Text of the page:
Norovirus Hu/GI/Toyama/outbreakApr3741 /2010/JP

9.00E-10

100%

GGCATGCGTCTGACGCATCTCCTACCCGATTATGTAAATGATGATGGCGTCTAAGAGA

5.1

KC911664.1

Norovirus Hu/GII/CC-685/THA/2006 RNA polymerase and capsid genes

2.00E-14

98%

TTGCCCCAGACGGGCATCGGTAGGTGGGGCGATCGCATCTGGCTCCCAGTTTTGTGA

ATGAAGATGGCGTCGA

6.4

KX446506.1

Norovirus GII strain GII/Hu/NL/2010/GII

1.00E-21

97%

CAACGGATCTGAGCCGTGGGAGGGCGATCGCATCTGGCTCCCAGTTTTGTGAATGAAGATGGCGTCGA

6.6; 7.1; 8.6

JX976770.1

Human coxsackievirus B3 isolate CVB3SD2012CHN

1.00E-39

99%

ACCTTGCCGTACACAGTACACTGTATGCGGCTAATCCTAACTGCGGAGCAGATACC

CACACACCAGTGGGCAGTCTGTCGTAATGGGCAACTCTGCAGCGGAACCGACTACTTTGGAC

Detection of fecal indicator bacteria

The results of indicator bacteria are expressed as colony forming units (CFU) per 1 ML (Tables 5 and 6). The results show that TC varied between 0 and 2.2 × 103 CFU/mL in November, and FC levels were between 0 and 2.4 × 105 CFU/mL in November. Twenty-three of the 24 water samples tested met the TC I level of CJ3020–1993 water quality criteria. And only 1 water sample tested for FC did not meet I level water quality of GB3838–2002 criterion. Six sites were all met I level water quality of GB3838–2002 criterion in microbiological level, but these sites all tested positive for enteric viruses. The detection of majority of enteric viruses did not show significant correlation with the detection of bacteria indicators (Table 6).
Table 5

Detection of fecal indicator bacteria for the water samples of Poyang Lake

Sampling Site*

Aerobic bacterial Count (CFU/ml)

Total Coliform (CFU/100 ml)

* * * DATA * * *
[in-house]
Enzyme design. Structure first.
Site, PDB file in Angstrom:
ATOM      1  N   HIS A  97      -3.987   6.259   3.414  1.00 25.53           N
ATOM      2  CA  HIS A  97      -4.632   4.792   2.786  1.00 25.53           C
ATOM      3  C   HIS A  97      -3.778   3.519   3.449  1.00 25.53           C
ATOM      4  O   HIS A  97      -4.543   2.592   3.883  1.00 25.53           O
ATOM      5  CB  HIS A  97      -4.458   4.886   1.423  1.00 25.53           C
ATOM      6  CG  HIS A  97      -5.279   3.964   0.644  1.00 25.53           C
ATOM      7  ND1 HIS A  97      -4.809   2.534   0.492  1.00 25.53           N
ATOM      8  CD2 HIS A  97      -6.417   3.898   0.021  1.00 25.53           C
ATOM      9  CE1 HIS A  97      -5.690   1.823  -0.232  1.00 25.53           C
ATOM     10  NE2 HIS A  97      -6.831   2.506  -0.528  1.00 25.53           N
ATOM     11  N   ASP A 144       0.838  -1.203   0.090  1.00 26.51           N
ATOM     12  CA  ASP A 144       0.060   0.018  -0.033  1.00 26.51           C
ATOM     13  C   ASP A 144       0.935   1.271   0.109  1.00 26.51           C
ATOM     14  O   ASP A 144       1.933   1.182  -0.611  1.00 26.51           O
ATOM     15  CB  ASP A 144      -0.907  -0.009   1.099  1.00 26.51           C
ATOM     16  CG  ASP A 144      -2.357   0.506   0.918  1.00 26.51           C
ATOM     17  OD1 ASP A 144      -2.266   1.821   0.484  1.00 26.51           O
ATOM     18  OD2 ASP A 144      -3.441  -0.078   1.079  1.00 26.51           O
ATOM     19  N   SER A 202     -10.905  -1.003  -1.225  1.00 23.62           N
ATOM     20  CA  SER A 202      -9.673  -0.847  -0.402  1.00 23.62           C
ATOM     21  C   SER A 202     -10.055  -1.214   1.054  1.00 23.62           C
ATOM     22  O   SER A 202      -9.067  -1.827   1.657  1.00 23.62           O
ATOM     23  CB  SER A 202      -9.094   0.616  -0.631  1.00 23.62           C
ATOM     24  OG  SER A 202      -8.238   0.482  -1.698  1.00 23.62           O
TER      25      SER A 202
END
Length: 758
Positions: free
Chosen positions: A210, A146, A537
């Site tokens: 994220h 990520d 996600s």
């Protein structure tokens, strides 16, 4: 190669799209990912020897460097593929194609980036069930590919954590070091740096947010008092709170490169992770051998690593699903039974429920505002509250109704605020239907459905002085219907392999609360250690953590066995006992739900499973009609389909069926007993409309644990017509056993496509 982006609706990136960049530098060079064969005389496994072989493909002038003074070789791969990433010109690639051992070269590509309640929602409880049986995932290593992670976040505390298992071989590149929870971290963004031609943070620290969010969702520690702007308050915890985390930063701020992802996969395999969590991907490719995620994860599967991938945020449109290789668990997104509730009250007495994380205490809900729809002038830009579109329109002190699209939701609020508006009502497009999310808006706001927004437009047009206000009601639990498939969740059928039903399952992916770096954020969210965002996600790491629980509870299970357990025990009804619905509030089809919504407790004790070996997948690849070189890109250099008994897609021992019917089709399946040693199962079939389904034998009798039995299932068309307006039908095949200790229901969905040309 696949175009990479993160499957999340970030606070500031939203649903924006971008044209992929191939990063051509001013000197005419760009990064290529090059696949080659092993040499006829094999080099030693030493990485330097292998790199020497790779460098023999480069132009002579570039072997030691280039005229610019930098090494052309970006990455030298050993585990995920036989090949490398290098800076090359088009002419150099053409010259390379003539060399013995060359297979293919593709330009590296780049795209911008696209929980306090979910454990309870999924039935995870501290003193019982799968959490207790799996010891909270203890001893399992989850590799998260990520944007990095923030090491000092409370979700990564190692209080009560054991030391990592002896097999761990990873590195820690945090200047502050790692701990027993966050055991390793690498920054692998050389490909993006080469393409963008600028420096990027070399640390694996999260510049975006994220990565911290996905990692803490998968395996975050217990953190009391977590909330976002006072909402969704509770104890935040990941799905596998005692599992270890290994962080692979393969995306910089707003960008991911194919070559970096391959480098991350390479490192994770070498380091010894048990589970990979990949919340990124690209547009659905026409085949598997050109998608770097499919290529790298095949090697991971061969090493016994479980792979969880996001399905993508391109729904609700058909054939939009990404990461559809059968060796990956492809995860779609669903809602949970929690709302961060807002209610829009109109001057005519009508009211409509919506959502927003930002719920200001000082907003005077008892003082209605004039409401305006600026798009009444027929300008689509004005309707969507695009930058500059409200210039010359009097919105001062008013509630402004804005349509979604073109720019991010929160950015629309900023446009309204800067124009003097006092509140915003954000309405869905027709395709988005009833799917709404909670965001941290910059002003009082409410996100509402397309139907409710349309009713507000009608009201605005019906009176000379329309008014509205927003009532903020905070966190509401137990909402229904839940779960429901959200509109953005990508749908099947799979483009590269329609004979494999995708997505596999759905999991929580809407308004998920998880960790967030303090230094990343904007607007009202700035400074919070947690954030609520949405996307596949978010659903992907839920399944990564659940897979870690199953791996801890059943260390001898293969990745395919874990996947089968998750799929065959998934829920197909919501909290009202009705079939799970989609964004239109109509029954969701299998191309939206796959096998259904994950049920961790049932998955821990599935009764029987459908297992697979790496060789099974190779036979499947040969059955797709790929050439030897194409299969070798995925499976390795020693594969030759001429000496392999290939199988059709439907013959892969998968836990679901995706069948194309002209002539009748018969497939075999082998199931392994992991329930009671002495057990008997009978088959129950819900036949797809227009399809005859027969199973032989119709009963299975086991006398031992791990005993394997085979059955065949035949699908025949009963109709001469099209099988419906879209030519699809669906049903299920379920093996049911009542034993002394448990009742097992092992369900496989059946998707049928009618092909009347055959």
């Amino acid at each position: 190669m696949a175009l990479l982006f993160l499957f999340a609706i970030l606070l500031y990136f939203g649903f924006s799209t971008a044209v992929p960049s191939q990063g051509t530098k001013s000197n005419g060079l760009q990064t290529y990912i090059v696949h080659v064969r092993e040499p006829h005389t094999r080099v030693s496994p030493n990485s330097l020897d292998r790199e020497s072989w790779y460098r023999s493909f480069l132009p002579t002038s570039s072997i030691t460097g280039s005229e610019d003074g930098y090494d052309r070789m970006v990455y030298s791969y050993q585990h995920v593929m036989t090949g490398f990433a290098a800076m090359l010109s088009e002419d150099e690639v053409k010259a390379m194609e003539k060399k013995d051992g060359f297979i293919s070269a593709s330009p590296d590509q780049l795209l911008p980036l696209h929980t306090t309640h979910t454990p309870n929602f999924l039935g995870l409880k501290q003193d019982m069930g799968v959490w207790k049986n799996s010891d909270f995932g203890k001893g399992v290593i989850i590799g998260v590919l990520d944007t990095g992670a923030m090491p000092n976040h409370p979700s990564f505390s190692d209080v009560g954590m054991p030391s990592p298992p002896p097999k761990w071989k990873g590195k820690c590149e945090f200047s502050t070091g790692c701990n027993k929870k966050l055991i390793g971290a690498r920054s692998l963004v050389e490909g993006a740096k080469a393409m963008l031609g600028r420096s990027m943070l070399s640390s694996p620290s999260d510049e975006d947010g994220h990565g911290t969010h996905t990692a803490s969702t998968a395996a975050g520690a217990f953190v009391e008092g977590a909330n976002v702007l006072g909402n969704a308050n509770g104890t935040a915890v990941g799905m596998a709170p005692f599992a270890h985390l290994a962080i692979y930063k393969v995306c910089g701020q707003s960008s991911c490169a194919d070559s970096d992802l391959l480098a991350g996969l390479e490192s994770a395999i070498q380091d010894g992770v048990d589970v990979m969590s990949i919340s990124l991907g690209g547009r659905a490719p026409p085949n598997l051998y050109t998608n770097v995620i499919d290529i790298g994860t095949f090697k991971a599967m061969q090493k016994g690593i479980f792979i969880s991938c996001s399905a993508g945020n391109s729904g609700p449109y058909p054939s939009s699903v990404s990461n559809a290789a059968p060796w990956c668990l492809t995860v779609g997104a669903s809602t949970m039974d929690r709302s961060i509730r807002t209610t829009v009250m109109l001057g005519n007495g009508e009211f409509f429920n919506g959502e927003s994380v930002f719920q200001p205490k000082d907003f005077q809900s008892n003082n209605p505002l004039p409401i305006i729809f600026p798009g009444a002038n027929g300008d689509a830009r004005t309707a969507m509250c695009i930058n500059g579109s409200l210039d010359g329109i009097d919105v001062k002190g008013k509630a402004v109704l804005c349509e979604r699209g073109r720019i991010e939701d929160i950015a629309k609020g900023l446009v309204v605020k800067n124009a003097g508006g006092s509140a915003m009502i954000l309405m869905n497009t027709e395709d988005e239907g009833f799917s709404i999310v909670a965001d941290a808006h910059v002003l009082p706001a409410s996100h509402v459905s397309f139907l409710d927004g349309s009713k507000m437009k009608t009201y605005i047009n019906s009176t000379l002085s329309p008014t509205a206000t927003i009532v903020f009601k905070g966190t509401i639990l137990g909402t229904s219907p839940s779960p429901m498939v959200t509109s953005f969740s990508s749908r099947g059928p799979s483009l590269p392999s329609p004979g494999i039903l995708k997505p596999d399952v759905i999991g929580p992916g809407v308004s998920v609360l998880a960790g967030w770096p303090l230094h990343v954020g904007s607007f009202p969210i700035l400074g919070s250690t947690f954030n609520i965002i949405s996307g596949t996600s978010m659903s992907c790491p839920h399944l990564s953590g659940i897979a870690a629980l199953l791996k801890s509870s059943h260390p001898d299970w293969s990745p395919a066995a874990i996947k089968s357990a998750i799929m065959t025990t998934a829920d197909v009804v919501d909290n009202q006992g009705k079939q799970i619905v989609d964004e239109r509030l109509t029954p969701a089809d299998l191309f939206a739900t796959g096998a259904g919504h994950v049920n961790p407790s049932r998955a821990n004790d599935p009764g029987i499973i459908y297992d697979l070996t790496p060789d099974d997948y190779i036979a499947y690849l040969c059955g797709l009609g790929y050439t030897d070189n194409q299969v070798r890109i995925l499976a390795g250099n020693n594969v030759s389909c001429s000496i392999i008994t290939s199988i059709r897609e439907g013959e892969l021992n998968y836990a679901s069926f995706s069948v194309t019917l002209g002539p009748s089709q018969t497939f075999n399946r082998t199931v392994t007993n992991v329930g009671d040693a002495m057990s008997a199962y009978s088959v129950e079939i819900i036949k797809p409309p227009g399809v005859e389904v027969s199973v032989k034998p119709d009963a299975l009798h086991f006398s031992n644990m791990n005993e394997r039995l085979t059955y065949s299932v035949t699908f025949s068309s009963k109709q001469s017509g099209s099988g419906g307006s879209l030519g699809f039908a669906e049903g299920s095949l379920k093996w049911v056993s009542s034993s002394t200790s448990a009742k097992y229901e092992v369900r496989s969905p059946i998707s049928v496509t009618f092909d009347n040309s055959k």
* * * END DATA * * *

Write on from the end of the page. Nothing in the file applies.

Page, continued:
Fecal Coliform (CFU/100 ml)

Oct.

Nov.

Dec.

Jan.

Oct.

Nov.

Dec.

Jan.

Oct..

Nov.

Dec.

Jan.

1

3.1 × 104

1.4 × 104

5.0 × 101

5.0 × 101

0

2.2 × 105

0

0

0

2.4 × 105

0

0

2

1.9 × 102

1.2 × 102

1.0 × 101

0.5 × 101

0

1 × 102

0

0

0

1 × 102

0

0

3

1.0 × 102

9.5 × 102

2.0 × 101

2.0 × 101

0.5 × 102

0

0

0

0

0

0.5 × 103

0.5 × 101

4

5.1 × 104

4.4 × 104

3.7 × 104

2.5 × 104

1 × 102

1 × 102

0.5 × 102

0

1 × 102

1 × 102

0

0

5

3.9 × 102

3.0 × 102

3.5 × 102

2.8 × 102

0.5 × 102

0.5 × 102

2.0 × 102

0

1 × 102

1 × 102

0.5 × 102

0

6

2.2 × 103

1.6 × 103

3.1 × 103

3.9 × 102

0

0

0

0

0.5 × 102

0.5 × 102

0

0

*1 -Qing Shan zha; 2 - Guan Niao Tai; 3 - Tuo Shan; 4 -Wu Cheng; 5 - Xing Zi; 6 - Du Kou

Table 6

Correlation of enteric viruses between bacteriological index in Poyang Lake (p < 0.05)

 

Spearman’s correlation coefficients (p value is two-tailed)

NoV I

NoV II

EoV

AdV

TC

−0.503(0.196)

−0.353(0.260)

0.359(0.452)

0.052(0.921)

FC

0.078(0.878)

−0.685(0.016)

−0.462(0.113)

0.221(0.618)

E. coli

−0.334(0.326)

−0.587(0.088)

0.213(0.727)

−0.213(0.727)

Discussion

Poyang Lake is known to be the source for fish, crayfish and other aquatic food products to local residents year around. However current pollution of the lake with various contaminants has raised a concern to the public. No test has been conducted to the lake water for sewage contamination and human pathogens such as enteric viruses. In this study, we tested six sampling sites along the lake for enteric virus contamination for the first time. We have shown that all these sample sites are positive for the enteric viruses, indicating a serious fecal contamination of Poyang Lake water. In particular, adenovirus was detected to be the most common one among the four HEV in this study. This finding is different from previous report from Hawaiian recreational waters [20, 21]. Adenoviruses are a DNA-containing enteric virus and they are important human pathogens [9], Incidences of human adenoviral infection are reported in Jiangxi and other regions of China. Frequent detection of adenoviruses in Poyang Lake indicates this pathogen remains to be a health threat to the local residents and the need of the local government to take effective measurement to prevent and control of adenoviral infection.